Prehistoric dire wolves made famous by the TV series Game of Thrones prowled the Earth for thousands of years before being wiped out at the end of the Ice Age.
Known as Canis dirus - "fearsome dog" - they hunted down and feasted on large mammals, so when species such as giant bison went extinct dire wolves lacked prey, contributing to their decline.
But a study published today in Nature points to another reason the top predators may have died out around 12,000 years ago after lording over the food chain for nearly a quarter of a millennium - their inability to breed with other wolf species.
Anatomical similarities had led scientists to suggest that grey wolves and dire wolves could be close enough genetically to produce offspring, as did modern humans and Neanderthals.
"Our genetic results show these two species of wolf are much more like distant cousins, like humans and chimpanzees," said co-lead author Kieren Mitchell from Australian Adelaide University.
Dr Mitchell and his team sequenced the DNA from five fossil dire wolf bones ranging from 50,000 to 12,900 years old.
The authors found dire wolves last shared a common ancestor with other wolf-like canines around 5.7 million years ago, also the approximate date for the last common ancestor for chimps and humans.
"When we first started this study we thought that dire wolves were just beefed up grey wolves," said senior author Laurent Frantz from the Ludwig Maximilian University of Munich.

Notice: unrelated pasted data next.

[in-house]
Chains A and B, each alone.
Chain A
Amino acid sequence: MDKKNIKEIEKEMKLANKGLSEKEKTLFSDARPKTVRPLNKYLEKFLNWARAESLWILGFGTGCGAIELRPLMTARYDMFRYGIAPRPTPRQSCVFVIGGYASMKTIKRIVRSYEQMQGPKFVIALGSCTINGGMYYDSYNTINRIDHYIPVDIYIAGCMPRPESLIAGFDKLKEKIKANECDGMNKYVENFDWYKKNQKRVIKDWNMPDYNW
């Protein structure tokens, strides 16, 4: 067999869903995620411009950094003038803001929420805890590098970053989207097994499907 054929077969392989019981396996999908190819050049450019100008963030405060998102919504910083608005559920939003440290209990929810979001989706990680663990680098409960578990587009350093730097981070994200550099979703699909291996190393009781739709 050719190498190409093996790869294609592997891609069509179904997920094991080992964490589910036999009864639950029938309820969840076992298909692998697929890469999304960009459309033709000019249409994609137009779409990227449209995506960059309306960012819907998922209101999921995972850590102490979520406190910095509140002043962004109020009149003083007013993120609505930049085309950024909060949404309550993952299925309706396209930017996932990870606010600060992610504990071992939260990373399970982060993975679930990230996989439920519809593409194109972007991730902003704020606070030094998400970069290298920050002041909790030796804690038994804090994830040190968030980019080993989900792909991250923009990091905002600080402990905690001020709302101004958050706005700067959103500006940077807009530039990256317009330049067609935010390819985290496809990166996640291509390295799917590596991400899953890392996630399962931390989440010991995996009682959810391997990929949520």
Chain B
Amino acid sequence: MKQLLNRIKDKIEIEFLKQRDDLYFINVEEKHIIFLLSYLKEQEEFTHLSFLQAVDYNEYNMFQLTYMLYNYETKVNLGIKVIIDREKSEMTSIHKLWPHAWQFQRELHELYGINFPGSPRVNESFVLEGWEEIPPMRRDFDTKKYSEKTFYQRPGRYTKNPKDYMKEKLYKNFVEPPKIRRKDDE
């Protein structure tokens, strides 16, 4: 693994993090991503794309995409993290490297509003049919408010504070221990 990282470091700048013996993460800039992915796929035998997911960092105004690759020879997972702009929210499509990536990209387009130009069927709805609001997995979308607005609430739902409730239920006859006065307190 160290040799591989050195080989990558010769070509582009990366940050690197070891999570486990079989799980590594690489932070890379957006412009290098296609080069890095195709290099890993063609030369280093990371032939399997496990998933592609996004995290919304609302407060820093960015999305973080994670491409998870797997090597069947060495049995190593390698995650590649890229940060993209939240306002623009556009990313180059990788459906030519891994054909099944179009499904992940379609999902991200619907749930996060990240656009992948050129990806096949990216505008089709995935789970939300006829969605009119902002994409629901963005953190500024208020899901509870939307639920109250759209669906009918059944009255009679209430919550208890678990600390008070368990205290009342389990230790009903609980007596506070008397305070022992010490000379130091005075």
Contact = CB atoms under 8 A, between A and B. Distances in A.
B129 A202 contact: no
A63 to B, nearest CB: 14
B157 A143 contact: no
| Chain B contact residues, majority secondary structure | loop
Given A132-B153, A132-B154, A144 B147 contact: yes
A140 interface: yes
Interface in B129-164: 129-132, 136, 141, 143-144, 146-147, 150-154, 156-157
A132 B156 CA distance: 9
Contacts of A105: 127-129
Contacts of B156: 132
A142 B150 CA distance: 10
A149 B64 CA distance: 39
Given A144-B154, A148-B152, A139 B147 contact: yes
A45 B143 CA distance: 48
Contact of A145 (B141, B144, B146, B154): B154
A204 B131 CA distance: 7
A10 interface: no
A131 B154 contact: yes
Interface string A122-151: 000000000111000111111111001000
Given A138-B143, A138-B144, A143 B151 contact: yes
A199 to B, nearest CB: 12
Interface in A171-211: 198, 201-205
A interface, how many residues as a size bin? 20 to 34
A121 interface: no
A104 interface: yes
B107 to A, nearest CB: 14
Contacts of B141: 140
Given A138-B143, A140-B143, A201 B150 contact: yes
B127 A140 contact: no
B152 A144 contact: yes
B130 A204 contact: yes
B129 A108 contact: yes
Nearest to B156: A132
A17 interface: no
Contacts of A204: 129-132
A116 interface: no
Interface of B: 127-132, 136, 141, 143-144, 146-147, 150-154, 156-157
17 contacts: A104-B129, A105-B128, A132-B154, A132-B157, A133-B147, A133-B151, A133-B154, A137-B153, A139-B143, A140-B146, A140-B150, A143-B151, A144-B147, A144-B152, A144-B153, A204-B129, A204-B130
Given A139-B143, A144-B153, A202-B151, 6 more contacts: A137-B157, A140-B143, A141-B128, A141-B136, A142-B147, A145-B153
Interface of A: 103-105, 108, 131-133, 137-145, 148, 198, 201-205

"So we were surprised to learn how extremely genetically different they were."
Dire wolves probably originated in the Americas in geographical isolation from the Ice Age ancestors of grey wolves and coyotes, which evolved in Eurasia and North America, the researchers said.
But dire and grey wolves almost certainly roamed the same territory for the last 20,000 years before dire wolves went extinct, so the lack of interbreeding is a surprise, the researchers said.
"There must have been biological barriers - lack of interfertility - or behavioural impediments, such as the offspring not being able to integrate with the pack of a different species," Dr Frantz told AFP.
A lack of interbreeding may have hastened the dire wolf's demise, but the hypothesis remains untested, said co-lead author Alice Mouton, most recently a post-doctoral researcher at the University of California Los Angeles.
"Perhaps the dire wolf's inability to interbreed did not provide necessary new traits that might have allowed them to survive," she said.
Larger and heavier than the modern grey wolf, scientists say they were nonetheless smaller than the fictional dire wolves made famous by the Game of Thrones series.